Thursday’s EIA report (week ended 9 Mar) – EA Final Estimate: -95 bcf
- We forecast Thursday’s EIA report will show a withdrawal of 95 bcf. Cold weather in the Northeast, as well as the 7 March ‘snow bomb’ storm, pushed gas-weighted heating degree days (GWHDDs) up by close to 10% w/w, which boosted res-com demand by 4.4 bcf/d w/w to 34.3 bcf/d. The cold also led to a 0.5 bcf/d w/w rise in industrial heating demand.
- Total supply rose by 0.5 bcf/d w/w due to a spike in imports from Canada. Eastern cross-border flows shifted w/w from 0.3 bcf/d in US exports to 0.3 bcf/d in US imports as cold weather hit the region. Imports from Canada averaged 5.9 bcf/d for the week, a 0.8 bcf/d w/w rise.
- Flows to Cove Point hovered in the 0.1-0.2 bcf/d range throughout the reference week, which was down by 0.2 bcf/d w/w after hitting a high of 0.5 bcf/d on 1 March. The facility’s lower w/w call on gas led to total Lower 48 LNG feedgas demand falling by 0.1 bcf/d w/w to 3.4 bcf/d. The next tanker due at Cove Point, Patris, is not scheduled to arrive until 9 April.
Next Thursday’s report (week ending 16 Mar) – EA Estimate: -99 bcf
- We forecast that the current week will see a withdrawal of 99 bcf, as low temperatures 10°F below historical average persist in Boston and New York and a third winter Nor’easter hit the region today (13 March). GWHDDs are projected to rise by 5% w/w, which will result in res-com demand increasing by 1.8 bcf/d w/w to 36.1 bcf/d.
- The South Central salt storage caverns will see their largest withdrawal since the first week of February, according to our activity sample. These ultra-flexible facilities had seen net injections in the intervening period as moderated temperatures depressed local demand.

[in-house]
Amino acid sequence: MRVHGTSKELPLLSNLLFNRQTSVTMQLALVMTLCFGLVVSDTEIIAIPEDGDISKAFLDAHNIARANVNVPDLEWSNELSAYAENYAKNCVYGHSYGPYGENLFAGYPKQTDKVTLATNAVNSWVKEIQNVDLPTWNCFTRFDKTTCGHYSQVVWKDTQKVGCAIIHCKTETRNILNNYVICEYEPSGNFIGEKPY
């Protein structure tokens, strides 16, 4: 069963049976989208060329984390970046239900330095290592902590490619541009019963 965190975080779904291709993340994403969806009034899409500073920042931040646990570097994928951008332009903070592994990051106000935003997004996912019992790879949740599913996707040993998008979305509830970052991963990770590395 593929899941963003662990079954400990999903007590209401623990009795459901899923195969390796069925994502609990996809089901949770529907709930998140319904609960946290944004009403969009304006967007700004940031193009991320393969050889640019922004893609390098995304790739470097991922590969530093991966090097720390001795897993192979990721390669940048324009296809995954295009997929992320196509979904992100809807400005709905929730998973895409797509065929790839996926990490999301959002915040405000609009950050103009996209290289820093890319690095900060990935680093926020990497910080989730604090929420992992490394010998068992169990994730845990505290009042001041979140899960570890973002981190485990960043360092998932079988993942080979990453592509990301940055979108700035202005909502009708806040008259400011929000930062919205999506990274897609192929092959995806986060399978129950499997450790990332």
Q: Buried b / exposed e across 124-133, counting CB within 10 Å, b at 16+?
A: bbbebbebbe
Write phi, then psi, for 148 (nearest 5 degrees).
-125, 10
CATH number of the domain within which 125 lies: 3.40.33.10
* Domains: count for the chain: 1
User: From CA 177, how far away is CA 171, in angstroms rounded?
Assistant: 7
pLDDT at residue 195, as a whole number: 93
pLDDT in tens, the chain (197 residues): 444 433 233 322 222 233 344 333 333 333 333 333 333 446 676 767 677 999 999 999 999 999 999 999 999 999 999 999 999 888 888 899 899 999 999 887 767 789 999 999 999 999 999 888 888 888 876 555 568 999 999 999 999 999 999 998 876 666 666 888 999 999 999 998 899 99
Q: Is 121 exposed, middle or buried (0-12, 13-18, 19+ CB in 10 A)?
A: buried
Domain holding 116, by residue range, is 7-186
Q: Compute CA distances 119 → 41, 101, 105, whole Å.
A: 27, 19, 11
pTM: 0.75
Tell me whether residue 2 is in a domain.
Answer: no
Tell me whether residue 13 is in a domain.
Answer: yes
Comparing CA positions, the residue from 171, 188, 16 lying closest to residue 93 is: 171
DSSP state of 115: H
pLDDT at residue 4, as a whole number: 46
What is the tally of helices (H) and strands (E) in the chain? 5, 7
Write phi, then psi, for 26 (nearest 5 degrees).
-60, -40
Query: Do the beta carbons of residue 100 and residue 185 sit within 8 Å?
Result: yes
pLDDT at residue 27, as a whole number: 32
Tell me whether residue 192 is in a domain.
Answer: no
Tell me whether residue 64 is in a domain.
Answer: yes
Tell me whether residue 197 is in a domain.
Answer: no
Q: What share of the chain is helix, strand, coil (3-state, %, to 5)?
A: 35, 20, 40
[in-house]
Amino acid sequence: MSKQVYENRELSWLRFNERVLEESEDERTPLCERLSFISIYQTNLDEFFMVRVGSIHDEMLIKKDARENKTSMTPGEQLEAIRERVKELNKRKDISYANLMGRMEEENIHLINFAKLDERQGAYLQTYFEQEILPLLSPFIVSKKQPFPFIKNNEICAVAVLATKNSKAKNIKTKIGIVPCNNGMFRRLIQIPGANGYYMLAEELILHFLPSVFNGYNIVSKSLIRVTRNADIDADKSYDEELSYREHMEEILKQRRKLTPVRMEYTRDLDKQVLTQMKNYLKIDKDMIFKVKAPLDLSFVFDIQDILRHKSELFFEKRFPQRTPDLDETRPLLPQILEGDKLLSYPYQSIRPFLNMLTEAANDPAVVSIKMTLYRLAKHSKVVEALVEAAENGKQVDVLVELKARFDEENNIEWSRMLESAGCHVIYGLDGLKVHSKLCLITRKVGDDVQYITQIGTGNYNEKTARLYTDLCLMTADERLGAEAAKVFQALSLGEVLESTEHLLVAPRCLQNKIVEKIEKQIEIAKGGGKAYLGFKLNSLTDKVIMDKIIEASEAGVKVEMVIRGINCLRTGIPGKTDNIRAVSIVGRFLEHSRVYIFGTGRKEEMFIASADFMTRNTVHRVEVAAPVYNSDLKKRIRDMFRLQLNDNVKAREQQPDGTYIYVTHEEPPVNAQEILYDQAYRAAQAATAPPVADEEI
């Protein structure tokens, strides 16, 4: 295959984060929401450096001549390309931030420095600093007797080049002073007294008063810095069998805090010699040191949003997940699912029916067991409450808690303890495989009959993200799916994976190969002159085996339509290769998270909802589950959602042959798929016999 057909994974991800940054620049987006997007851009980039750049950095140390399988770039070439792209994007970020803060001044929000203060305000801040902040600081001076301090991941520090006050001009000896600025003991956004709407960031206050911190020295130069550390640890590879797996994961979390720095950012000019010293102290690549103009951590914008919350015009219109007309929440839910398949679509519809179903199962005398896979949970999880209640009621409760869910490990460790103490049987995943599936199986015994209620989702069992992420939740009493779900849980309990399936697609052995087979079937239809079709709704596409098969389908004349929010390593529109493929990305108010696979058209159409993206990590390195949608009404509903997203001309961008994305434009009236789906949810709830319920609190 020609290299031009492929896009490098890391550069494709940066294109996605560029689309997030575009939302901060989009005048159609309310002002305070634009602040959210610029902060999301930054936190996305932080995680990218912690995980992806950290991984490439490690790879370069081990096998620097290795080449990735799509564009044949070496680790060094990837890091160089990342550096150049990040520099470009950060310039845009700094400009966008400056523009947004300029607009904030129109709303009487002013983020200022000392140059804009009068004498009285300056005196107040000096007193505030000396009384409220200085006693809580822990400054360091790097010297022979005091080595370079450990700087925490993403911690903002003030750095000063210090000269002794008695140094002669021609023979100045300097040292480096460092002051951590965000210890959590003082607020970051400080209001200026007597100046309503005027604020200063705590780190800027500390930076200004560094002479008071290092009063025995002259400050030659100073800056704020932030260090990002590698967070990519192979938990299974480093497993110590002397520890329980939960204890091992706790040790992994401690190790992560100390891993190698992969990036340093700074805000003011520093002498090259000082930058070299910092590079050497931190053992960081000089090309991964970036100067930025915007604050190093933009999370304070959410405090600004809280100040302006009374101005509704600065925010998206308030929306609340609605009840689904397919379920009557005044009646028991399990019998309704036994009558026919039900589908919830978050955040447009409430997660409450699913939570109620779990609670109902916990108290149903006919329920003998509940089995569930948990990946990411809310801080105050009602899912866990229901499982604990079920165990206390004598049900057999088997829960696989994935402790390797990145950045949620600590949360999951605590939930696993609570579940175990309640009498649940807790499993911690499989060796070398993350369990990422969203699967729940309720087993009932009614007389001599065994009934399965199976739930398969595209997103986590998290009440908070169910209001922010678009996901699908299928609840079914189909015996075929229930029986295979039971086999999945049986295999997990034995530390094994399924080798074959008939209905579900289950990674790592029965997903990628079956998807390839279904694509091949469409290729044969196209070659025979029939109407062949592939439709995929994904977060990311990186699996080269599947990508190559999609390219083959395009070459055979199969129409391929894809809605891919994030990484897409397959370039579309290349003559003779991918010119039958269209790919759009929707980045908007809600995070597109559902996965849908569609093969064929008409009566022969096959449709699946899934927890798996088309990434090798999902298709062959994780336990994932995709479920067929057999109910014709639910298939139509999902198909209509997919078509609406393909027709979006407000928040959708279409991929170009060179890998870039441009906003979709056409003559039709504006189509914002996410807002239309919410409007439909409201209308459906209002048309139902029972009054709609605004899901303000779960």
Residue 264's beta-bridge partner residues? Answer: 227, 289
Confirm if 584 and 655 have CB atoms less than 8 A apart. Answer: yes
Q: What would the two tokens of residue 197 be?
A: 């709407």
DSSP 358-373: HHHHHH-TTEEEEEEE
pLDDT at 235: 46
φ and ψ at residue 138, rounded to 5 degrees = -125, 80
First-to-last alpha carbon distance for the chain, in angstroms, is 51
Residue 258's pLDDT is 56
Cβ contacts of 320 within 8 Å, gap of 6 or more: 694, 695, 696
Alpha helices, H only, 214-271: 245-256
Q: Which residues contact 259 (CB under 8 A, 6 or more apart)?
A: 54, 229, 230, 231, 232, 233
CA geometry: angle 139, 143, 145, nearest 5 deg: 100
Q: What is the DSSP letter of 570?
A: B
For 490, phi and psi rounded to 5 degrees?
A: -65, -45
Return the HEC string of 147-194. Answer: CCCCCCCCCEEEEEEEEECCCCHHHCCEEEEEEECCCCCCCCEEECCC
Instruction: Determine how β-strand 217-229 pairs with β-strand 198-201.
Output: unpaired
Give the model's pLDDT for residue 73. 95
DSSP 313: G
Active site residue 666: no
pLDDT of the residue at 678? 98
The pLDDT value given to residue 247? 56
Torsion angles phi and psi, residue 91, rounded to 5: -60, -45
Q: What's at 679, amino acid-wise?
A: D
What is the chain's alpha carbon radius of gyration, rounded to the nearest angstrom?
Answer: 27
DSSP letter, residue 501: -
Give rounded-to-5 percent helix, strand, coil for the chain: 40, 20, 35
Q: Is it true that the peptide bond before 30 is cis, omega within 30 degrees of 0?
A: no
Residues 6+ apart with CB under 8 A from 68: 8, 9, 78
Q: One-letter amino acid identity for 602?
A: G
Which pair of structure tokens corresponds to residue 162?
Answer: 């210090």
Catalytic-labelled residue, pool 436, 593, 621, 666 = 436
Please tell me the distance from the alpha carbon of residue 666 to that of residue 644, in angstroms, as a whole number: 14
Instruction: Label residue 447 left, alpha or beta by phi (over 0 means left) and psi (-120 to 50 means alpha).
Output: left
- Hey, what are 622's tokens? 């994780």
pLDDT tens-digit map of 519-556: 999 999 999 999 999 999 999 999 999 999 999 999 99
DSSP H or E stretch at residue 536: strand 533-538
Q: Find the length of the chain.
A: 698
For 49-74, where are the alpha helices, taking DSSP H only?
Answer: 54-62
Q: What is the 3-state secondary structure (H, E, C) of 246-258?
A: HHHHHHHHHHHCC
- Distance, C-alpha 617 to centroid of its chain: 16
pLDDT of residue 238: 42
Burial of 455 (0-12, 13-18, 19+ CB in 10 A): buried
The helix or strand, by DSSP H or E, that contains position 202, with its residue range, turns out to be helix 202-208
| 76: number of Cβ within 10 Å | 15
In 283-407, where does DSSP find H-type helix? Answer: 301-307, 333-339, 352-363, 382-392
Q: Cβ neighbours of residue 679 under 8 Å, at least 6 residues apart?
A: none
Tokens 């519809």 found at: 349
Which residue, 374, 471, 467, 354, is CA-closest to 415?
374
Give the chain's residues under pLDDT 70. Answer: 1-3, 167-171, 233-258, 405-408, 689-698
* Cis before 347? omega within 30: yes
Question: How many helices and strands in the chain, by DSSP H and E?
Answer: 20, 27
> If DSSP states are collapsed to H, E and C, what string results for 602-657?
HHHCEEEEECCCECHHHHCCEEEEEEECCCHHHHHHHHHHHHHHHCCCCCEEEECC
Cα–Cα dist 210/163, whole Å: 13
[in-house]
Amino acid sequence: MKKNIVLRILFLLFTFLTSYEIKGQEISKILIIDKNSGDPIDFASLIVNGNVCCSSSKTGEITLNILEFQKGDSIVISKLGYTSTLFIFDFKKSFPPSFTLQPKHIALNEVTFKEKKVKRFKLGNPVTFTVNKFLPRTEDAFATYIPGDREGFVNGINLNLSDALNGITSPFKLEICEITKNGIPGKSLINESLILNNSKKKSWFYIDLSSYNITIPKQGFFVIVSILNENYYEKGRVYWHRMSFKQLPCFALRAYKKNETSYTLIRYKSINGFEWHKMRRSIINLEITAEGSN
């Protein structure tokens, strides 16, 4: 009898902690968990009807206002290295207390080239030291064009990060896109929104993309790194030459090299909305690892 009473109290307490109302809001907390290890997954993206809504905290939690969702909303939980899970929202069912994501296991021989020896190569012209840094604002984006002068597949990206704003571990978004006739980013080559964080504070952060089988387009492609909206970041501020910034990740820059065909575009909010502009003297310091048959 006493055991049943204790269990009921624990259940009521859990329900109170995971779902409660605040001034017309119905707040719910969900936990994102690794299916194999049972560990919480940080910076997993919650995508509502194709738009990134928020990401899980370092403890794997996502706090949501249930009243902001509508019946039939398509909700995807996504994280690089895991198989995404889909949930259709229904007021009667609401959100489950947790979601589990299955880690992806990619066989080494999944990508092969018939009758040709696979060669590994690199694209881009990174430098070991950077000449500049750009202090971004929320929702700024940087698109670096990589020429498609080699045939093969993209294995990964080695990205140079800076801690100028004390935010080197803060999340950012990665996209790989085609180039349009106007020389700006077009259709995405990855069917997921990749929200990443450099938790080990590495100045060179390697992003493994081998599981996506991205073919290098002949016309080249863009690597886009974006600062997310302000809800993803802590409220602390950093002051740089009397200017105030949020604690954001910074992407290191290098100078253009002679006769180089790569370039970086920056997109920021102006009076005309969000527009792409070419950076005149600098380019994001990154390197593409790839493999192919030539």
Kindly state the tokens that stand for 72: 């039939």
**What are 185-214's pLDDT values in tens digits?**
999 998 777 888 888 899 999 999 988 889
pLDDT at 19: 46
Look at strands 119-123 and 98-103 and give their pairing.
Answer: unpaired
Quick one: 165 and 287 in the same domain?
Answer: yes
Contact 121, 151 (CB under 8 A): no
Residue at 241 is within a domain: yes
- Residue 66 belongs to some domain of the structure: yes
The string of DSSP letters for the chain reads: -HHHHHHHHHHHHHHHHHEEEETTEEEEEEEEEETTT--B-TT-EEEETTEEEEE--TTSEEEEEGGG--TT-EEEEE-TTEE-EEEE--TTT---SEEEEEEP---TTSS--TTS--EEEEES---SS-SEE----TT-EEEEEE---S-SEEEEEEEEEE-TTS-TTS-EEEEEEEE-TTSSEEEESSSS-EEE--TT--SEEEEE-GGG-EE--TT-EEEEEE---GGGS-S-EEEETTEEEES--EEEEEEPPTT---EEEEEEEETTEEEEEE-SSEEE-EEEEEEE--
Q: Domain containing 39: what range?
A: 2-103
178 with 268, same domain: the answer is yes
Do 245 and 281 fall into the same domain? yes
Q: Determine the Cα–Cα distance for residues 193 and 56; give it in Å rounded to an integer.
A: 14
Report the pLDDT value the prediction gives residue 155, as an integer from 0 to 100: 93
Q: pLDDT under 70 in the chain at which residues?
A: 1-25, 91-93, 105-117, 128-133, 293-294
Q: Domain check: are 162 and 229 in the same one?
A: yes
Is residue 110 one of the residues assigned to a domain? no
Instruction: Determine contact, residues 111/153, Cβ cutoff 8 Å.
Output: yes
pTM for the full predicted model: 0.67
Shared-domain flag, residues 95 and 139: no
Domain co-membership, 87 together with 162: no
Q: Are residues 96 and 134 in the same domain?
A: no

- Production is on track to increase by 0.1 bcf/d w/w, with increases of 0.1 bcf/d w/w in each of the Permian and Rockies pacing the growth. Total supply will rise by 0.7 bcf/d w/w, thanks to a 0.5 bcf/d w/w gain in imports from Canada. The increase in pipeline imports will come despite a projected WCSB production decline of 0.2 bcf/d w/w to 15.2 bcf/d, as well as work on Westcoast Energy’s Aitken Creek Lateral that began 9 March restricting 0.2 bcf/d in cross-border flows.
- Infrastructure issues continue to plague SoCalGas even as it lifted a system-wide curtailment on electric generation customers last week. Pacific storage levels are below 200 bcf for the first time since May 2014 after the February cold snap, which has led to a limit on withdrawals from the Honor Rancho facility through end-March due to low inventories. This week will bring some respite, as the Pacific region is forecast to see net injections for the first time since October 2017.
|Fig 1: Regional flows and fundamentals model, bcf|
|Source: Energy Aspects|
|Fig 2: Balance forecasts, bcf/d|
|Source: Energy Aspects|